To take full advantage of all this unique, artsy region has to offer, we’ve put together a list of our favorite spots along the historic Pacific Coast Highway to make the most of any weekend getaway. This guide is catered to those driving south along Highway 1 from the Monterey area (while you’re there, be sure to have a quick lunch on Cannery Row and walk along the coastal corridor). The following are a few of our favorite stopovers reflecting a variety of price points, for both the rustic budget-friendly traveler and those opting to relax in a bit more luxury.
Depending on your budget, we’ve listed out accommodations for both the thrifty traveler and those hoping to splurge a little more for their long excursion. Lodging is scarce and often booked in advance in the Big Sur area if you’re looking for a solid room and running water, but there are plenty of campsites along the way. These also tend to book out far in advance, but a number of camping locations do have spots open on a first come, first serve basis.
A quick travel tip: Big Sur’s rugged coastal location makes it subject to high rains and landslides. Be sure to check local conditions before your trip.
Things to Do in Big Sur
Stop for a world-class vista at the famous Bixby Bridge.
The first stop on any Big Sur traveler’s list should be the famous Bixby Bridge. This picturesque California icon has been hailed as Big Sur’s version of the Golden Gate – and it’s easy to see why. Easily one of the most Instagrammed locations in all of Big Sur, just before the bridge are a handful of turnouts complete with one of the most epic backdrops. Sweeping 260 feet above the bottom of a canyon carved by Bixby Creek, the concrete bridge was completed in 1932 and was one of the highest bridges at the time, according to Visit California.
Stop for a poetry reading at the Henry Miller Memorial Library.
Named for mid-century author Henry Miller, this roadside library is a must-see for any Big Sur visitor. Miller disapproved of memorials, saying they “defeated the purpose of a man’s life. Only by living your own life to the full can you honor the memory of someone.” Regardless, the bookstore features a variety of classic Big Sur literature and guides useful to any visitor. Likewise, the nonprofit organization hosts a variety of events that celebrate artistic and cultural contributions to the Big Sur community.
Wine and dine at the iconic Nepenthe restaurant.
Nepenthe translates to “no sorrow” and even a moment spent inside this craft-style restaurant will surely send any blues far on the Pacific winds. The restaurant sits high on the edge of seaside cliffs and has sweeping views of the ocean. It’s outdoor-style bar and restaurant allows for sun-soaking at any corner. Inside, whimsical wooden furniture surrounds artistically crafted wood-burning fireplaces. No reservation is needed.
Hike through majestic redwood groves at Julia Pfieffer Burns State Park.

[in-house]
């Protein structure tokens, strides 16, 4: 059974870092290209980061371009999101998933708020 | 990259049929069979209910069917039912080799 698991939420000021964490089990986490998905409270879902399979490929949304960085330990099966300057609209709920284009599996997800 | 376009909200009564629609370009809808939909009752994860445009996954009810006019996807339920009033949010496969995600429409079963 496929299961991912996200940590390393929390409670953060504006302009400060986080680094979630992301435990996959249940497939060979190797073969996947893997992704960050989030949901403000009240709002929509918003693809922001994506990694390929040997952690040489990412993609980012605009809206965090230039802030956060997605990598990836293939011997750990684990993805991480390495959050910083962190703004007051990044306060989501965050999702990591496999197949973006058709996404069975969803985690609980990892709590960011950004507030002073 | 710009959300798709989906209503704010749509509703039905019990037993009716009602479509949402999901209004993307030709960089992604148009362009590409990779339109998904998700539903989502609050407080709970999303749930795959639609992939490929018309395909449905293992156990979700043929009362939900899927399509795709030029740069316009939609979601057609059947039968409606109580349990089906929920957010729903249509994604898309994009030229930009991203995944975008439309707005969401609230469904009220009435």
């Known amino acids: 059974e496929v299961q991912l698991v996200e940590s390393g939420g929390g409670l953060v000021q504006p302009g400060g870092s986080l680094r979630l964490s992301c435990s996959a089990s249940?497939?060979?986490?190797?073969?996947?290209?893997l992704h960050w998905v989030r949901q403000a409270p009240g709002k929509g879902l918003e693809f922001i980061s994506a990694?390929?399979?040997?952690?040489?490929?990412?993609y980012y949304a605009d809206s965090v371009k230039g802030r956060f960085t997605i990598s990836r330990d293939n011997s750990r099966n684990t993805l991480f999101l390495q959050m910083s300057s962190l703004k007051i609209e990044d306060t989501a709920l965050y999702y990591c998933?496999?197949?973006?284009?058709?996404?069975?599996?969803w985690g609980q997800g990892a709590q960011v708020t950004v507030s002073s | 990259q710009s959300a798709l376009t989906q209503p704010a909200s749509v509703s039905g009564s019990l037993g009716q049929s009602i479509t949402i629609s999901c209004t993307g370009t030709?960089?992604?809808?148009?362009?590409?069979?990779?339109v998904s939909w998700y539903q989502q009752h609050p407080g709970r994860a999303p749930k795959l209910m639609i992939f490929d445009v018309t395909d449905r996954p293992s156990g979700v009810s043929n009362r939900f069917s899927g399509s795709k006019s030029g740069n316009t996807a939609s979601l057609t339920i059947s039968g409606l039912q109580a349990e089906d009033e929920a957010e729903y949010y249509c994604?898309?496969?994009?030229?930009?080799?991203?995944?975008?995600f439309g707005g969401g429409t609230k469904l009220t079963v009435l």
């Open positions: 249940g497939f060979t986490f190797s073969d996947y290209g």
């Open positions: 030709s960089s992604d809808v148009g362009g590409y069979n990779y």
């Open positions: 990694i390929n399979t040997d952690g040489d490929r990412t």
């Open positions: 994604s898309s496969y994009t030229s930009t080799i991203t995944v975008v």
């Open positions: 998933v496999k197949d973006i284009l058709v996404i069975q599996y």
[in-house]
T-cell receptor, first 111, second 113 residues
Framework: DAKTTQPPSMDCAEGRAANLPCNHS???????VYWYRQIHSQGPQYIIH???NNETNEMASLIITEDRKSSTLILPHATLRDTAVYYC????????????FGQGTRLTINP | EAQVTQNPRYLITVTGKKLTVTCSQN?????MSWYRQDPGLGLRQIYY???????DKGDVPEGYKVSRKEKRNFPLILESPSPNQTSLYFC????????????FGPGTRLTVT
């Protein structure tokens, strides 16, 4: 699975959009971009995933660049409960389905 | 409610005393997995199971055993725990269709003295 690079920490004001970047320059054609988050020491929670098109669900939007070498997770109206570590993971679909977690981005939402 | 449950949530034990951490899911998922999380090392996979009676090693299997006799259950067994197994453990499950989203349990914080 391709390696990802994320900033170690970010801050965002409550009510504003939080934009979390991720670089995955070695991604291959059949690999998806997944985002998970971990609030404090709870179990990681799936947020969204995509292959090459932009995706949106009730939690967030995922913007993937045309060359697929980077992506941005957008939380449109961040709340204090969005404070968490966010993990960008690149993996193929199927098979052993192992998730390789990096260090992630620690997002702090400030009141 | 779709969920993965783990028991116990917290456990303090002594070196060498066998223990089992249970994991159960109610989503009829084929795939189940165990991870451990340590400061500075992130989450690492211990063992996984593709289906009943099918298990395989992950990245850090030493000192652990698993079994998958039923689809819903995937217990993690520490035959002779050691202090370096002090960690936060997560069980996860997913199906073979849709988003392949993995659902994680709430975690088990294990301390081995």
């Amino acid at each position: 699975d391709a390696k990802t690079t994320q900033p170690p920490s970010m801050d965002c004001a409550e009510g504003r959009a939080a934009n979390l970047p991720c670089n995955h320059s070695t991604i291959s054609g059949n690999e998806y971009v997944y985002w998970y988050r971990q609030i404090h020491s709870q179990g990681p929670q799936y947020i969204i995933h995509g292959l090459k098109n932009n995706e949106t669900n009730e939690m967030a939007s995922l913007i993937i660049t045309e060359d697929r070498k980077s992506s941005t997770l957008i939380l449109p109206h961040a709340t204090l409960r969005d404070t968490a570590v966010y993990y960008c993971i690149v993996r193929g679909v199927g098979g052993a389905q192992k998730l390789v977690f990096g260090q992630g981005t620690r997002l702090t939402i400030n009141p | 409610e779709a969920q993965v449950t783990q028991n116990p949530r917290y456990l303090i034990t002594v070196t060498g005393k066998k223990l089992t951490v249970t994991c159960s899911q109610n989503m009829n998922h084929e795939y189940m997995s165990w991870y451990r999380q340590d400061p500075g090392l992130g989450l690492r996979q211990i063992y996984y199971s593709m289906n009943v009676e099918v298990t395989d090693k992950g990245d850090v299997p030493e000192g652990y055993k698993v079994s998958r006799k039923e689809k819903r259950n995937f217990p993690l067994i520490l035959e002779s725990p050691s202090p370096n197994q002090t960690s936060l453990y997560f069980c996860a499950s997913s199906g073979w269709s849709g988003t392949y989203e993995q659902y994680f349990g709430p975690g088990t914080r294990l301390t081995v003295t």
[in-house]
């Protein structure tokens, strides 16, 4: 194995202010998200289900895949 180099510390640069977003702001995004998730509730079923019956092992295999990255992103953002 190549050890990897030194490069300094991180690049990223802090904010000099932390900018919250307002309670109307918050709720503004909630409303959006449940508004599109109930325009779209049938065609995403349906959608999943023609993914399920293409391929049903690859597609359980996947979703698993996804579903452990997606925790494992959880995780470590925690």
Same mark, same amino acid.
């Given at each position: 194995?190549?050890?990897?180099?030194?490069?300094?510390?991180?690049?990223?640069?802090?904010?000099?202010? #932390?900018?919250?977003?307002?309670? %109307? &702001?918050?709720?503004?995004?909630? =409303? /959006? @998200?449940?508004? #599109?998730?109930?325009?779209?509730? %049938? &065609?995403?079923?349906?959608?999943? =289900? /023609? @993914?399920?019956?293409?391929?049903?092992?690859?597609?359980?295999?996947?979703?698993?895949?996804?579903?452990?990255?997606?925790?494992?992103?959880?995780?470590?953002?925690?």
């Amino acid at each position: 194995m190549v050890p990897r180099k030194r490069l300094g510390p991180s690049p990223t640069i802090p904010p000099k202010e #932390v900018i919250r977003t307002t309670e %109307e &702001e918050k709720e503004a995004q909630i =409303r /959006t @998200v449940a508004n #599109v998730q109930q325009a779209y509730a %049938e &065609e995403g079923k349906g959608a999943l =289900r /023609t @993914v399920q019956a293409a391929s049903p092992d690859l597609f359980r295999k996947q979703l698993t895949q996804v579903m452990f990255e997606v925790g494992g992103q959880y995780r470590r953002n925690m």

Julia Pfieffer Burns State Park encompasses nearly 4,000 acres home to redwood, tan oak, madrone, and chaparral trees. Though the park does not offer beach access, there are plenty of hiking trails to keep the whole family entertained, from beginners to advanced.
Recently renovated in 2017, the Big Sur Lodge is situated inside the park and boasts the rustic authenticity that made this coastal community famous. This is a great location to call home base while staying in the Big Sur region if you would like to avoid commuting from Monterey.
Price point: from $299/night
Visit McWay Waterfall.
Also located within the Julia Pfeiffer Burns State Park, McWay Falls is one of the region’s most visited hiking trails. It’s short, but panoramic northern and southern views make the hike worthwhile. From the trail, McWay Creek is visible cascading 80 feet down from a rock crevice onto a white sand cove.
Soak at Esalen Hot Springs.
If a more structured vacation is your style, head to the famous Esalen Institute for mindfulness, yoga, and all things restorative to the soul. As a guest, you will also enjoy one of the most pristine hot springs experiences along the California coast. Here, a rock-line tub is built into the cliffside. If you’re not staying here, be sure to check out the institute’s public night bathing available to the public between 1 and 3 a.m.
Price point: pricing varies depending on workshop or retreat offered.
Talk to locals for the most authentic experience.
Those local to the region know how special it is and are quick to share favorite stories of the best places to visit. There is limited cell service in the area, so reaching out to residents is the best way to explore off-the-beaten areas and those less frequented by tourists. Be sure to map your trip in advance and print out any directions or maps you might need. Remember: tuning out is part of the experience in Big Sur.